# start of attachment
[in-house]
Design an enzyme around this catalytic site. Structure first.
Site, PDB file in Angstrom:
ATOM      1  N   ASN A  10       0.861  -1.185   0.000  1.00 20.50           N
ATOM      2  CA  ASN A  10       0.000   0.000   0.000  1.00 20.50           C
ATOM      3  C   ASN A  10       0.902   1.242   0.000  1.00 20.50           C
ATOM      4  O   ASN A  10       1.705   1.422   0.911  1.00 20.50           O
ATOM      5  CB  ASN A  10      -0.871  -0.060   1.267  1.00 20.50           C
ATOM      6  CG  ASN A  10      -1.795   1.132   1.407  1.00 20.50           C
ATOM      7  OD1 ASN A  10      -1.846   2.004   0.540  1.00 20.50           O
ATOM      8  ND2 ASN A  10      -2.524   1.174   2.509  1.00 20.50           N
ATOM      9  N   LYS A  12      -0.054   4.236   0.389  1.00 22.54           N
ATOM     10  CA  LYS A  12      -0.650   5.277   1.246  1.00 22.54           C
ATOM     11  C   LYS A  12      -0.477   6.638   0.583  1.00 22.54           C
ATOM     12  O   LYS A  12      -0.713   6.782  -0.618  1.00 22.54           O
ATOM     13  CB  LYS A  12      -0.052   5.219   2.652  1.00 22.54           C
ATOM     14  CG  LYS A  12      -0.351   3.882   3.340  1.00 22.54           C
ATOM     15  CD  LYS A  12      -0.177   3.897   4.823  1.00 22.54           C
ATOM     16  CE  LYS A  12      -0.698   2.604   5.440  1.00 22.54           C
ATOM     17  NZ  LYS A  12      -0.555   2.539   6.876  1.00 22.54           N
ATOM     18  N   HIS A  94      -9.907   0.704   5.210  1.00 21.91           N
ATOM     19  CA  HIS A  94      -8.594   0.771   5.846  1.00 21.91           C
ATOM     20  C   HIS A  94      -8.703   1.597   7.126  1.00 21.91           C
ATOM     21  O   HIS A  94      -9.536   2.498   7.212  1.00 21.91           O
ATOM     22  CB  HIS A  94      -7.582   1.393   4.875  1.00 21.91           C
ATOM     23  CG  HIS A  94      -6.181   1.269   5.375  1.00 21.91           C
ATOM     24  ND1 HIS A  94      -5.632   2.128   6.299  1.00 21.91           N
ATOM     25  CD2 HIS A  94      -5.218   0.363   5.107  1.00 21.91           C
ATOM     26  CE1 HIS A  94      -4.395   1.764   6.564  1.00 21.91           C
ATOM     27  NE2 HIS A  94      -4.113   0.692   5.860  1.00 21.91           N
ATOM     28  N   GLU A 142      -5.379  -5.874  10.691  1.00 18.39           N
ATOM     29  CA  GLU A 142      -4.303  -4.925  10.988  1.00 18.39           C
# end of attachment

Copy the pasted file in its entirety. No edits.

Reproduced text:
[in-house]
Design an enzyme around this catalytic site. Structure first.
Site, PDB file in Angstrom:
ATOM      1  N   ASN A  10       0.861  -1.185   0.000  1.00 20.50           N
ATOM      2  CA  ASN A  10       0.000   0.000   0.000  1.00 20.50           C
ATOM      3  C   ASN A  10       0.902   1.242   0.000  1.00 20.50           C
ATOM      4  O   ASN A  10       1.705   1.422   0.911  1.00 20.50           O
ATOM      5  CB  ASN A  10      -0.871  -0.060   1.267  1.00 20.50           C
ATOM      6  CG  ASN A  10      -1.795   1.132   1.407  1.00 20.50           C
ATOM      7  OD1 ASN A  10      -1.846   2.004   0.540  1.00 20.50           O
ATOM      8  ND2 ASN A  10      -2.524   1.174   2.509  1.00 20.50           N
ATOM      9  N   LYS A  12      -0.054   4.236   0.389  1.00 22.54           N
ATOM     10  CA  LYS A  12      -0.650   5.277   1.246  1.00 22.54           C
ATOM     11  C   LYS A  12      -0.477   6.638   0.583  1.00 22.54           C
ATOM     12  O   LYS A  12      -0.713   6.782  -0.618  1.00 22.54           O
ATOM     13  CB  LYS A  12      -0.052   5.219   2.652  1.00 22.54           C
ATOM     14  CG  LYS A  12      -0.351   3.882   3.340  1.00 22.54           C
ATOM     15  CD  LYS A  12      -0.177   3.897   4.823  1.00 22.54           C
ATOM     16  CE  LYS A  12      -0.698   2.604   5.440  1.00 22.54           C
ATOM     17  NZ  LYS A  12      -0.555   2.539   6.876  1.00 22.54           N
ATOM     18  N   HIS A  94      -9.907   0.704   5.210  1.00 21.91           N
ATOM     19  CA  HIS A  94      -8.594   0.771   5.846  1.00 21.91           C
ATOM     20  C   HIS A  94      -8.703   1.597   7.126  1.00 21.91           C
ATOM     21  O   HIS A  94      -9.536   2.498   7.212  1.00 21.91           O
ATOM     22  CB  HIS A  94      -7.582   1.393   4.875  1.00 21.91           C
ATOM     23  CG  HIS A  94      -6.181   1.269   5.375  1.00 21.91           C
ATOM     24  ND1 HIS A  94      -5.632   2.128   6.299  1.00 21.91           N
ATOM     25  CD2 HIS A  94      -5.218   0.363   5.107  1.00 21.91           C
ATOM     26  CE1 HIS A  94      -4.395   1.764   6.564  1.00 21.91           C
ATOM     27  NE2 HIS A  94      -4.113   0.692   5.860  1.00 21.91           N
ATOM     28  N   GLU A 142      -5.379  -5.874  10.691  1.00 18.39           N
ATOM     29  CA  GLU A 142      -4.303  -4.925  10.988  1.00 18.39           C